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Friday, April 18, 2008

Review: Broken Hero

Broken Hero
by Anne Whitfield

Audrey Pearson’s life changed dramatically when WWII broke out and her large home, Twelve Pines on the East Yorkshire coast, became a convalescence home for wounded soldiers. Her life is no longer lavish with entertainment, beautiful clothes and surrounded by a loving family. Soldiers, physically and mentally wounded now fill her home. The smell of disinfectant replaces her mother’s perfume and gone are the friends and acquaintances - instead nurses roam the hallways.

Captain Jake Harding, a doctor training in psychiatry arrives at Twelve Pines. Audrey immediately finds herself attracted to the Captain, but he is remote towards her. Puzzled by his cold behaviour, Audrey tries to learn more about the handsome Captain. He reveals that he’s lost a wife and baby in childbirth and refuses to ever remarry. However, despite this, Audrey believes she can change his mind and make him aware he doesn’t have to spend his life alone.

The ice around Jake’s heart begins to melt. For years he has rejected the possibility of finding love again because of the pain it caused him before, but the beautiful Audrey shows him her love and she needs someone to love her in return.

Could he honestly walk away from her, from the love that could be his?

Whitfield's "Broken Hero" takes us to World War II. The tale starts in England, 1944.

Young Audrey Pearson's home has been turned into a convalescent hospital for war wounded. Her daily life, in addition to struggling to keep her small farm going, includes playing hostess to an assortment of doctors, hospital staff, messengers and of course, the injured. She finds both annoyances and friendships among them, but perhaps something more in Doctor, 'Captain' Jake Harding. Each of them deal with many emotions, perhaps not surprising in wartime, but sympathetically conveyed. Personal loss is no stranger to either, but neither is personal bravery, pride, and joy in the small things of life. Although they seemed destined for one another, it is sadly we realize they may each be too damaged by their own histories to truly allow themselves to love. Although both are fallibly human, they are admirable people caught in difficult times.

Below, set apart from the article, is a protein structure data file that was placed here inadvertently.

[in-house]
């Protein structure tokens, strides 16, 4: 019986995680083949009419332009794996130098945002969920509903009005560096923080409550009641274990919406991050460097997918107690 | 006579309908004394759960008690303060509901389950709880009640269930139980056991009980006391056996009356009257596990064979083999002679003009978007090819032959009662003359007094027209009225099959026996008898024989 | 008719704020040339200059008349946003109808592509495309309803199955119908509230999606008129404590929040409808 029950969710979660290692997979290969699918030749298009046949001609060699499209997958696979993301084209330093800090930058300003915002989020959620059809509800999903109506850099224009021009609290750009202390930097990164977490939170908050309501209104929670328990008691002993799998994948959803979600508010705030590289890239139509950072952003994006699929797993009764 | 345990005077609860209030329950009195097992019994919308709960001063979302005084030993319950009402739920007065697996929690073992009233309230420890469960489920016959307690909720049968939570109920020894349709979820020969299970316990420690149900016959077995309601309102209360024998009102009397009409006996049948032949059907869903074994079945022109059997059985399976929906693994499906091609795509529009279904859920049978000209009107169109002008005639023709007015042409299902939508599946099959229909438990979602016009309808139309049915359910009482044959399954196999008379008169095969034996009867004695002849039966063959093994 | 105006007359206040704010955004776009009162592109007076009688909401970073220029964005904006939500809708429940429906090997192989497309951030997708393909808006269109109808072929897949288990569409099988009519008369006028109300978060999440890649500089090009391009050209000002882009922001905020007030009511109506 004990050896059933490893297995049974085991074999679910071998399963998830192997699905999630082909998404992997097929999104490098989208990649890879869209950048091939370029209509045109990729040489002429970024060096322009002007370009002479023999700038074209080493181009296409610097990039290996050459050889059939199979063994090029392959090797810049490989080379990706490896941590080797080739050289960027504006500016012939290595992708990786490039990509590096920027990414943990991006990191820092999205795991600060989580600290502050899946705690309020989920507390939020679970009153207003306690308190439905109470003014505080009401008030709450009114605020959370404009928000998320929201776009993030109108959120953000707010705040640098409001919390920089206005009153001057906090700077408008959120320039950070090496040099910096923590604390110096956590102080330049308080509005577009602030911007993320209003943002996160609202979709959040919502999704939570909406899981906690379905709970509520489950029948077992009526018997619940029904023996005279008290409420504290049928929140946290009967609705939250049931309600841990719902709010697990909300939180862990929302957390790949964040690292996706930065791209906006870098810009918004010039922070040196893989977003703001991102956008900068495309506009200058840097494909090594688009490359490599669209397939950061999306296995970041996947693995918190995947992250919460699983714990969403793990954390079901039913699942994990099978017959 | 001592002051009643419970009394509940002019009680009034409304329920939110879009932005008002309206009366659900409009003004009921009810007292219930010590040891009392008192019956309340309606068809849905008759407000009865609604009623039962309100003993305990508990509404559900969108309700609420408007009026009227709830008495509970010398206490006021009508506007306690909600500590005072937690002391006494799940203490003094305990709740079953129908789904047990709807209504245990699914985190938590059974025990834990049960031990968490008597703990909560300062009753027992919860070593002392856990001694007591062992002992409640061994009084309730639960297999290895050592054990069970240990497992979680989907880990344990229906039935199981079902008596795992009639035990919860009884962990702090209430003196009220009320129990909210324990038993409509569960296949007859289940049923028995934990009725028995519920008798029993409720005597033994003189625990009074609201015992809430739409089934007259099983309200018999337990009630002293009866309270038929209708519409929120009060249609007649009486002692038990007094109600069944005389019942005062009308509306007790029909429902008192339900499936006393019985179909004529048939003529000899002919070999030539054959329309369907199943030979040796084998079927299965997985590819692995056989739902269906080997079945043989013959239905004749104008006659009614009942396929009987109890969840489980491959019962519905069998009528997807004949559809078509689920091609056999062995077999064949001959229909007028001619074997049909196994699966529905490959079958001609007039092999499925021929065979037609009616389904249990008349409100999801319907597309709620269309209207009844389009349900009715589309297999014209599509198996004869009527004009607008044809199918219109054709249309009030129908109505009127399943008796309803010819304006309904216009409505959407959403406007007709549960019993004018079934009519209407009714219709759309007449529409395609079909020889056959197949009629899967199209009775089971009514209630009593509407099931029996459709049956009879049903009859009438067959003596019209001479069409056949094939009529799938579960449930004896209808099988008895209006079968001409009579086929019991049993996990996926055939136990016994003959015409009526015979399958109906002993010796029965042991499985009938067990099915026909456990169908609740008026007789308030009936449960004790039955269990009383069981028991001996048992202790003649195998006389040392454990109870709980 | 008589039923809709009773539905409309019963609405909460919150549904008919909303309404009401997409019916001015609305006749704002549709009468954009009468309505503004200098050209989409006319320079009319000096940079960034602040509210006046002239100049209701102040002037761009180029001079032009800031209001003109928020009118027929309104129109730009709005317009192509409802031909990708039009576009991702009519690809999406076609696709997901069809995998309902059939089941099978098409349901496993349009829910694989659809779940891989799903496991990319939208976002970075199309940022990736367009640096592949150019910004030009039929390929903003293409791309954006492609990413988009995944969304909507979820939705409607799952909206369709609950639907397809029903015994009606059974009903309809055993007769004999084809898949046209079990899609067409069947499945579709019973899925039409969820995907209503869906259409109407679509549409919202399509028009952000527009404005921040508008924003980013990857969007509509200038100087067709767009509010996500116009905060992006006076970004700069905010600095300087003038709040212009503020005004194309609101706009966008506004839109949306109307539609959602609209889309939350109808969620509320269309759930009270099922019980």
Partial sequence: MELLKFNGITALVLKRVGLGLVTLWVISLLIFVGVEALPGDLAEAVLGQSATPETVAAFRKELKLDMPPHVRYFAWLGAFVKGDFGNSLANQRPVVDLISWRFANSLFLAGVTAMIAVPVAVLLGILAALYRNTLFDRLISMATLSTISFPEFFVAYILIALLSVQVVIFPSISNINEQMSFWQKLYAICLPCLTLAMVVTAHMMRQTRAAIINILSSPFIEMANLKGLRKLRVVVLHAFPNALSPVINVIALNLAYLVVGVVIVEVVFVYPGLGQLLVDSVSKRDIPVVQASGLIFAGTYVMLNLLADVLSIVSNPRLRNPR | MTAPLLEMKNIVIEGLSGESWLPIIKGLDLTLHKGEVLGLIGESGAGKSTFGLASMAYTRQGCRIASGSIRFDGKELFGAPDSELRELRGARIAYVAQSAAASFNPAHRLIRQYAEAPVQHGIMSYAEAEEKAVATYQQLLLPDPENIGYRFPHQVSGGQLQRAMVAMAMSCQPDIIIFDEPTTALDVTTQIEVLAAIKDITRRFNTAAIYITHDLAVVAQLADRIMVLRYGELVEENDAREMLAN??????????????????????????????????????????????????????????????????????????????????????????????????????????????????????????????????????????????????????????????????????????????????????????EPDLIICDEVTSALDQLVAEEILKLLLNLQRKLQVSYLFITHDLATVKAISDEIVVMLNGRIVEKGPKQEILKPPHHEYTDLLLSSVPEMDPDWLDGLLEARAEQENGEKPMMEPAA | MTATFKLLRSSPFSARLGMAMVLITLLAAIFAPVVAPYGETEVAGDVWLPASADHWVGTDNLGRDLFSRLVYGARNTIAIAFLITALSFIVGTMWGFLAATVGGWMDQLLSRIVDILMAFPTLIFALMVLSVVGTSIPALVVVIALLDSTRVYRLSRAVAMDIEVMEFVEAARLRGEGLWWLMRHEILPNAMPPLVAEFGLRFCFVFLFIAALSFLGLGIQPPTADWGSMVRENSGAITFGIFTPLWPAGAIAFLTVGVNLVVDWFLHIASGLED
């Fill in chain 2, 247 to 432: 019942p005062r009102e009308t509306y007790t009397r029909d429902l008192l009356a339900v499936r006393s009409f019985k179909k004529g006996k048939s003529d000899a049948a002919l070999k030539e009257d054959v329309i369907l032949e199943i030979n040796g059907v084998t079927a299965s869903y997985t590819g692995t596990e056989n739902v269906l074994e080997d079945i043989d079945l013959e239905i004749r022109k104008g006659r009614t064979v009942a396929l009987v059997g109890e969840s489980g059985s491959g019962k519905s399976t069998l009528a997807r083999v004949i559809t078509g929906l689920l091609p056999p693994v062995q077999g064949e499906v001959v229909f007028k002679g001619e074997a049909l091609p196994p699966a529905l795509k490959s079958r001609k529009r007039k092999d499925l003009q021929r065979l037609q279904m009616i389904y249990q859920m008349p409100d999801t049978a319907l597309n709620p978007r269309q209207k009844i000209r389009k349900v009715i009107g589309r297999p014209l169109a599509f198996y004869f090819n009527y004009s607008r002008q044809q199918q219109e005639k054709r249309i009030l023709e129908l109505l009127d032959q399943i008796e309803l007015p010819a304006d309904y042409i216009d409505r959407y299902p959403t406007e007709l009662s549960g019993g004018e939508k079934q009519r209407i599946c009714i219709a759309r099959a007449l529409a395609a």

This timely work considers the impact of war on everyday lives and emotions. Compassion and sympathy are to be found throughout, but also friendship and honor. Bravery is no stranger - and is often to be found in the minor characters, in less overt ways - from the injured themselves, to some of the dedicated staff. The story is in no way predictable. Twelve Pines is not separate from the world and violence will erupt even there.

I really appreciated this view of the war from a relatively narrow viewpoint, and in terms of effects. There are rumors of wartime happenings, and the ordinary folks speculate on escalation or invasion. They have no special insider knowledge though, and we can appreciate how anxious their day to day lives were.

Descriptions are occasionally lovely; from image of a young recovering soldier pedalling along the country lanes on his bicycle, to the sunny brilliance of Twelve Pines itself. (Audrey touchingly recalled her her mother's drawing room as it had been, before they'd removed curtains, carpets, and decor.)

'Broken Hero' produces a rich, cohesive view of a few lives during the turbulent war years, and also gives us a hint of life before the war. The writing invites us to read slowly, understand the individuals' histories, and savor the story. Foremost; this is a really beautiful romance.



Review by Snapdragon



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This book is part of our April "Book-a-Day Giveaway"!

Congratulations to Carolynn W -- today's winner of our "Book-a-Day Giveaway"!